In January 2010, I got a call from Mo Abudu, who urgently needed a writer for Season 8 of her show. She had flown in Nnegest Likke, an American director, who had rejected scripts from two writers, and they were then in a bind. Now, I had never written a talk show before. In fact, the only show I’d ever written at this time was the Debaters, so it was quite confusing that she wanted to hire me. Anyway, I met with Nnegest, and the first script I wrote was a disaster! Mo called me at past midnight expressing her disappointment that they would have to find another writer yet again. But I said, to her, “give me another chance, let me write one more episode.” She agreed. Then for the next 14 hours or so, I wrote a whole episode; I can’t recall the theme. I do recall Nnegest saying, “This is perfect. I don’t have any amendments to make.” And so, over the next month (while holding down a job as the host of the morning show on Superscreen), I churned out 22 episodes of Season 8 of Moments with Mo, and became the show’s official writer. Within one year of writing, I became producer and script supervisor, writing 28 episodes of Season 9. Next Titan was a different story. By this time, I was an established TV writer and went in to negotiate my contract, only for me to run into my former producer who convinced the executive producer to listen to my voice. 30 minutes later, I was signing a contract to write the show and a separate contract to be the voice of the show. I did this for 3 seasons, until things really picked up at IDM, and I had to focus exclusively on that.
Only ten years ago, it was easy to define what a communications specialist was. Today, things are more dynamic while being complicated at the same time. However, at the core of what it is means to be a communicator is understanding your audience and laying out a plan for how to reach them. If you’re really going to stand out and be noticed, your main job will be to help someone else – a brand or a company to connect with their audience and deliver their message effectively. Every other thing is just hype: trend today, gone tomorrow. Question is, beyond all the noise of influencers and the vibrancy of the Tik Tok video, who remembers the name of the product, and who is willing to pay for it? More important, in a year from now, are people still buying, or is the hype over? The communications leader of the future is the one who can think and plan long term, by asking where they want the company to be in 24 months’ time, and not whether Toke Makinwa will accept 1 million per Instagram post tomorrow. Drill down, establish some rigour and ask the question: after all the puffery, what’s next?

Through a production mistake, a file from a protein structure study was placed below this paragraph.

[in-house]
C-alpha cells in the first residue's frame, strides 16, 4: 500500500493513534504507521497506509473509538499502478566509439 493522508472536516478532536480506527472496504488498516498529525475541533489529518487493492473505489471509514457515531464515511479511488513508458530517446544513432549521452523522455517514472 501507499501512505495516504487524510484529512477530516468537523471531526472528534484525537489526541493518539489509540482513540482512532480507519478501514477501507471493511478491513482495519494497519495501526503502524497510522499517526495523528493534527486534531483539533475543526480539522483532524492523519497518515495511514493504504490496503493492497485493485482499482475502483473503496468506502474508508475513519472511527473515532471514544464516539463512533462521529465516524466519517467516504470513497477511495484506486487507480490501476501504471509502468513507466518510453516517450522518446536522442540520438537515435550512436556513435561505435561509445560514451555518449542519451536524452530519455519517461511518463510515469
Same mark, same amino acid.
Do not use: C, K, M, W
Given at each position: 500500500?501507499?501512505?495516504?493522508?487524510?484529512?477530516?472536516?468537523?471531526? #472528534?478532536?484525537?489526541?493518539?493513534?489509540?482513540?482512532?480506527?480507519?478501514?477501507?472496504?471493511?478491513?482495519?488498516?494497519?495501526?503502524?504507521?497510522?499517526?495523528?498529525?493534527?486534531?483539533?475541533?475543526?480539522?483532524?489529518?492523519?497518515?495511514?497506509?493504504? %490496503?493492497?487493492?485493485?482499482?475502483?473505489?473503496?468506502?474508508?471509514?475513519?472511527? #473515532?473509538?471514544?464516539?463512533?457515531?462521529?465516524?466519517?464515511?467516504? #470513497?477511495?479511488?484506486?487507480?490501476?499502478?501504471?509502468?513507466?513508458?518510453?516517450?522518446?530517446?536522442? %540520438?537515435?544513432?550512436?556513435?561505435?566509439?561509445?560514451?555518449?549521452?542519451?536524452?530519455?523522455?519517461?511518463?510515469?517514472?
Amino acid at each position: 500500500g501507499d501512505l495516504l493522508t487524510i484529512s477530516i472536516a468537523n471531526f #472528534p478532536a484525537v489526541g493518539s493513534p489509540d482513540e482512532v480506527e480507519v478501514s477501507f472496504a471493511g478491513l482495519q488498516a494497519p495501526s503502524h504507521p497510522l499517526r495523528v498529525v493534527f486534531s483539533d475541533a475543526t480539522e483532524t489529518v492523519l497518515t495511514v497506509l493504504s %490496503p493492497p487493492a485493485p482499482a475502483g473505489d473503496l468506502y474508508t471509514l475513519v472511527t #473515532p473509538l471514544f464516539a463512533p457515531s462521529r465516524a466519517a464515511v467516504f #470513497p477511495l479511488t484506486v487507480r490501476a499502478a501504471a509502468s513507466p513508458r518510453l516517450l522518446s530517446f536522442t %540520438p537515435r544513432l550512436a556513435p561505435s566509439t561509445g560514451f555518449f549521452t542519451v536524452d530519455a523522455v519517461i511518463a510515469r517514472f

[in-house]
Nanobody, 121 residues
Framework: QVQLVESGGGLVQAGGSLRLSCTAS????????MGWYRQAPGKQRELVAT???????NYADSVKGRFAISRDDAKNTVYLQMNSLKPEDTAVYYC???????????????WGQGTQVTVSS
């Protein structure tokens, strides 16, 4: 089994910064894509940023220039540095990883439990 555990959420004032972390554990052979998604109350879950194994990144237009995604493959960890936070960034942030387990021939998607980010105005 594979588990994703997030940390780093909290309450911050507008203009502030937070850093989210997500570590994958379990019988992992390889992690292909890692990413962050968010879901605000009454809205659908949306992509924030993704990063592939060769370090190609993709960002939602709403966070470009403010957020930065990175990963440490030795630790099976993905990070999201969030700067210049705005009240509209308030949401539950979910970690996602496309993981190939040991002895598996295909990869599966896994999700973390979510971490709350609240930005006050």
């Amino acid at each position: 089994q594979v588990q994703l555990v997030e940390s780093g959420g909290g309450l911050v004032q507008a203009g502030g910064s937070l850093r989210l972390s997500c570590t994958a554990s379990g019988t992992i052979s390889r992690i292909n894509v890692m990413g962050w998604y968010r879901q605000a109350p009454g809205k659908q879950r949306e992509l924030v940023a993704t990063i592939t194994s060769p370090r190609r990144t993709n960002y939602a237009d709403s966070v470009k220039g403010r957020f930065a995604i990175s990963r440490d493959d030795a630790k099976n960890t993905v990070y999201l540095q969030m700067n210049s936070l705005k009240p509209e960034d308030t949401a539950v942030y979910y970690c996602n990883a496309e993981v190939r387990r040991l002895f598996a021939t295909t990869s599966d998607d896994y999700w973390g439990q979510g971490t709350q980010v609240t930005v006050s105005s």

Life is in phases, I think. In your 20s, you should probably try everything until you find what you really want to do. I thought I wanted to be an actor until halfway into filming my third movie and I thought, this is not for me. Now in my 40s, life’s balance comes from knowing exactly what I want and saying a clear NO to what I don’t want. Having a greater control of one’s time also helps, even though when it’s time to roll up my sleeve and do the work, there’s no escaping it. Finally, having a great network of people to call on when needed is critical: you cannnot do everything and when you need help, ask for it.
A balanced world view and global mindset is critical. It’s important to know what’s going on in the world. I can build up and train an average writer to be a good writer, but if you find it hard to express yourself beyond, “what’s up? and “how far?” then, we might have an issue. Above all else, your willingness to apply yourself, being helpful, taking the initiative, treating people with dignity and respect will take you to the very top of any industry.
There’s a book I picked up on a recent trip, Karlgaard’s Late Bloomers; it is a must read! Two other books you will find are Soyinka’s You Must Set Forth at Dawn and Obama’s The Promised Land.